Stretched Defender offers extra seating for a small premium, if you need it.

What is it?

The longer-wheelbase version of the massively revised 2007 Defender.

The Land Rover 90 v 110 debate shows no sign of ending this side of 2013, the date when design legislation finally catches up with the classic Landie. The nub of the argument goes like this: the 90-inch wheelbase Defender is best because it’s lighter, cheaper and looks coolest; the 110-inch model is best because it carries more people and doesn’t cost much more.

What's it like?

The latest engineering modifications have changed the relationship between the two Defender models. Enough space has been found in the 90’s rear to provide sensible accommodation for two, and that cuts into the 110’s raison d’etre.

Drive them one after the other and you’ll soon perceive differences. The 90 wagon’s now a safe four-seater but the 110 can carry five in its first two rows, plus two more at the extreme rear. That extra accommodation comes cheaply too. At County station wagon level, you pay just £2500 more for two rear doors and the chance to put three extra bums on seats. If you’re carrying people, the answer is obvious.

The extra 20in of wheelbase is heavy, however. Land Rover says it adds 180 kilograms, though it also claims similar 14.7sec 0-60mph acceleration and 82mph top speed.

The 110’s combined fuel consumption falls by about 2.5mpg, and the CO2 output shoots up to 295g/km. Off-road experts reckon the 110’s less agile on the loose, but this wasn’t a problem during an afternoon at Eastnor Castle, and the flatter ride on British back-roads really was an advantage.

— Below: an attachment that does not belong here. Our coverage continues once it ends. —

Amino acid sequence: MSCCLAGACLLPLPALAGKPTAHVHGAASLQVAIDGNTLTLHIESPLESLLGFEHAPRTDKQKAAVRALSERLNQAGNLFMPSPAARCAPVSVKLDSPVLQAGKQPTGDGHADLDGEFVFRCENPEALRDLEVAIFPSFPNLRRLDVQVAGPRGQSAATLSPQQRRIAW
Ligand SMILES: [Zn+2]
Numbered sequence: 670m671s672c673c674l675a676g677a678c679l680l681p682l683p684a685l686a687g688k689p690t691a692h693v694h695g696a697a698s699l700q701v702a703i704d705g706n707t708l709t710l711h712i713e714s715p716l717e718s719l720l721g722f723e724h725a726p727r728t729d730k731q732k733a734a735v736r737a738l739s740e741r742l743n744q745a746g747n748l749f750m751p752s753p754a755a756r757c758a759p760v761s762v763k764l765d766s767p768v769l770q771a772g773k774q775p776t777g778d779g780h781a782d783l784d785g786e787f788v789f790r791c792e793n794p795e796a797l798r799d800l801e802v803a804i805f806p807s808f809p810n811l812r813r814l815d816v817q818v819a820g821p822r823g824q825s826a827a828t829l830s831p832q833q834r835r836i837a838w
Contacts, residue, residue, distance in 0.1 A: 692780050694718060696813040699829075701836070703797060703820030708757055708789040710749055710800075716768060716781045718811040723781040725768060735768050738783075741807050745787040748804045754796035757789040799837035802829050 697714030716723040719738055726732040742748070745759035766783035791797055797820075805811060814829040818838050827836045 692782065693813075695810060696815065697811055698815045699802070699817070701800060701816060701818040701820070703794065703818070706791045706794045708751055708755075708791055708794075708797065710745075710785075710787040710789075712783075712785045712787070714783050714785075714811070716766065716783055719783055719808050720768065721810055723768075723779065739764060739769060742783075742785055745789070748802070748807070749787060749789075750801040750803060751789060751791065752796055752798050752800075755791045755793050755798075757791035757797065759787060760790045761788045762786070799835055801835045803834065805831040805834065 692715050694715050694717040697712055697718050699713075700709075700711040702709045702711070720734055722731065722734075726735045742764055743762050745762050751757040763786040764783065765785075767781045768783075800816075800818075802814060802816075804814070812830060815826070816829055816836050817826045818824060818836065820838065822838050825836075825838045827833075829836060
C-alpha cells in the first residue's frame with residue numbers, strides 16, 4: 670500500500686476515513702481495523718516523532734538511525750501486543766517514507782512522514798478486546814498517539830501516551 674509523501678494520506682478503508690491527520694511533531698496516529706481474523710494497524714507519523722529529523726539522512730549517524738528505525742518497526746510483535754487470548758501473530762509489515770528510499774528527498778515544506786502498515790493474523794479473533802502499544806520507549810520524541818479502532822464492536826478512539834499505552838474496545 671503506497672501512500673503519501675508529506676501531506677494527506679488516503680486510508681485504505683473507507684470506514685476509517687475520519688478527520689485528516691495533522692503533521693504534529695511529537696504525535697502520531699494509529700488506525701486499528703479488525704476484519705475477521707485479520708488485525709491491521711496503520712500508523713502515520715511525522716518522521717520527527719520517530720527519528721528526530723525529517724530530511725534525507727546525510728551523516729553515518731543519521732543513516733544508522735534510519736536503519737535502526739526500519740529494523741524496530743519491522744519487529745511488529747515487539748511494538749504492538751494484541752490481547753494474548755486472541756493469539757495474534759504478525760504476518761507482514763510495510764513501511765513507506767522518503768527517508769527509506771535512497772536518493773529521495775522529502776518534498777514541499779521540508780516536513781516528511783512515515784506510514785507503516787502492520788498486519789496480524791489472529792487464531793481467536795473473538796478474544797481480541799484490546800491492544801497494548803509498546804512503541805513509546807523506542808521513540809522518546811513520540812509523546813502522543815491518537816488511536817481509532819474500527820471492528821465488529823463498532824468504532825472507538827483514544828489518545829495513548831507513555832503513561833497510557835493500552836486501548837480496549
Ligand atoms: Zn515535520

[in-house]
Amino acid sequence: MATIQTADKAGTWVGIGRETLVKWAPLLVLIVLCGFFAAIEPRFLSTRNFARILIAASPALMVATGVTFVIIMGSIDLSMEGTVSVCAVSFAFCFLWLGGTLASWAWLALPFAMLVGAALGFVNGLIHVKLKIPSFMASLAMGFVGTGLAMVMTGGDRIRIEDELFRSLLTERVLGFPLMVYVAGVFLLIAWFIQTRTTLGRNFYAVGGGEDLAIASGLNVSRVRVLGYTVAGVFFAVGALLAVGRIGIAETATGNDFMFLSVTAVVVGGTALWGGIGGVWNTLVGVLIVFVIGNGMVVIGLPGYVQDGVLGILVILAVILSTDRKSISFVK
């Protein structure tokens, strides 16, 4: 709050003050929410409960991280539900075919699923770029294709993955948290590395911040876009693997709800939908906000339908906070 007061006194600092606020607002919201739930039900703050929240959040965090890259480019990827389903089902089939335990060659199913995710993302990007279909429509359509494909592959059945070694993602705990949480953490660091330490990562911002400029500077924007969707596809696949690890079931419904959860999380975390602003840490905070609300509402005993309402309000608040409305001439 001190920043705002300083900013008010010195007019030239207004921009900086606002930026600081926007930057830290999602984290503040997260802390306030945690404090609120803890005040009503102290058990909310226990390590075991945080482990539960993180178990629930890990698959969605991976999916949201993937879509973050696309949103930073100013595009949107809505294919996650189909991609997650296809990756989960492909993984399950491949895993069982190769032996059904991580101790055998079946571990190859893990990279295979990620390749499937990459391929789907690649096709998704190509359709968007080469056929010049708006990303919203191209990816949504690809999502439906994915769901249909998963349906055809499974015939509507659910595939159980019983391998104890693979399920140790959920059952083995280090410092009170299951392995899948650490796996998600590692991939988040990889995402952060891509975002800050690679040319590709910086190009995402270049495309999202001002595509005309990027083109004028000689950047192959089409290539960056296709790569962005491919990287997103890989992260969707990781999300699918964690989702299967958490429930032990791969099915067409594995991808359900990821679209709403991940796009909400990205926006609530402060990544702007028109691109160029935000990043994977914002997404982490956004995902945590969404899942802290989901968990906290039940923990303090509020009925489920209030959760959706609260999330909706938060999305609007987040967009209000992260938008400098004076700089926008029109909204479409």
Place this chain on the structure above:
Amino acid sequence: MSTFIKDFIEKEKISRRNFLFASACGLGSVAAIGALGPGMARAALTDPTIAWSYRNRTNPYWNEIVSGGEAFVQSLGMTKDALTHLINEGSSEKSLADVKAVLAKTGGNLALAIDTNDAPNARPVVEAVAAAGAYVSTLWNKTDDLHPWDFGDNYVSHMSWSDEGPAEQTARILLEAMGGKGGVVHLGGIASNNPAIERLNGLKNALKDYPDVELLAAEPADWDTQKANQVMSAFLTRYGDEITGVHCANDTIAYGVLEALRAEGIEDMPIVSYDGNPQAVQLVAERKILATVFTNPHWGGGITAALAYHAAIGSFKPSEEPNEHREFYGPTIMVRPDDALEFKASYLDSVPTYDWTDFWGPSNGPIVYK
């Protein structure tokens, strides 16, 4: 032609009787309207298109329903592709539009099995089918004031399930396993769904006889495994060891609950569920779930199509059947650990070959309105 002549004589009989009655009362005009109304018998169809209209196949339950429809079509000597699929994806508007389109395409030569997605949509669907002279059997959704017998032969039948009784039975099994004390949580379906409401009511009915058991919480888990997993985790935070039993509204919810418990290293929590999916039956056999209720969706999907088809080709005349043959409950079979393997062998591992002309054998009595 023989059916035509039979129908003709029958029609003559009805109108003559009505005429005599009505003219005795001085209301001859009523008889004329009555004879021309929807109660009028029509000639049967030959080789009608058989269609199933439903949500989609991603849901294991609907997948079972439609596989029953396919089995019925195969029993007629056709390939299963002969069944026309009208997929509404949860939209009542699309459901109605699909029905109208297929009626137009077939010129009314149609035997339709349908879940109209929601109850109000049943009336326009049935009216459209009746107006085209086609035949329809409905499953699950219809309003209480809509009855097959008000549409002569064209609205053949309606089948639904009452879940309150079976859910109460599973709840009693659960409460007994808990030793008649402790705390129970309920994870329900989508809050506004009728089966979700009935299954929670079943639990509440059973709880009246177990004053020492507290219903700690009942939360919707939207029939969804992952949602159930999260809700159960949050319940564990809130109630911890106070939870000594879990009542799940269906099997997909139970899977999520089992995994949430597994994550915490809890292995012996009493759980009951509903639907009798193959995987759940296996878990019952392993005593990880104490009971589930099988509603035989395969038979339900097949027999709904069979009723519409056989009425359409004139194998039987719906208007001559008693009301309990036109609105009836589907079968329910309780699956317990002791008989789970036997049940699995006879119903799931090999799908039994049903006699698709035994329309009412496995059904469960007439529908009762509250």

Should I buy one?

It depends on what you want from your Defender. The 110’s better on-road and carries more people cheaply. Situation normal, I’m afraid: it’s horses for courses.

Steve Cropley

Steve Cropley Autocar
Title: Editor-in-chief

Steve Cropley is the oldest of Autocar’s editorial team, or the most experienced if you want to be polite about it. He joined over 30 years ago, and has driven many cars and interviewed many people in half a century in the business. 

Cropley, who regards himself as the magazine’s “long stop”, has seen many changes since Autocar was a print-only affair, but claims that in such a fast moving environment he has little appetite for looking back. 

He has been surprised and delighted by the generous reception afforded the My Week In Cars podcast he makes with long suffering colleague Matt Prior, and calls it the most enjoyable part of his working week.

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Add a comment…
Jon Hardcastle 6 February 2008

Re: Land Rover Defender 110 2.4D

This seems to be the only 4 x 4 that people buy to actually go off road in. Amazing considering the deluge of offerings off more fashionable manufacturers. But maybe thats the point Fashion!!!!!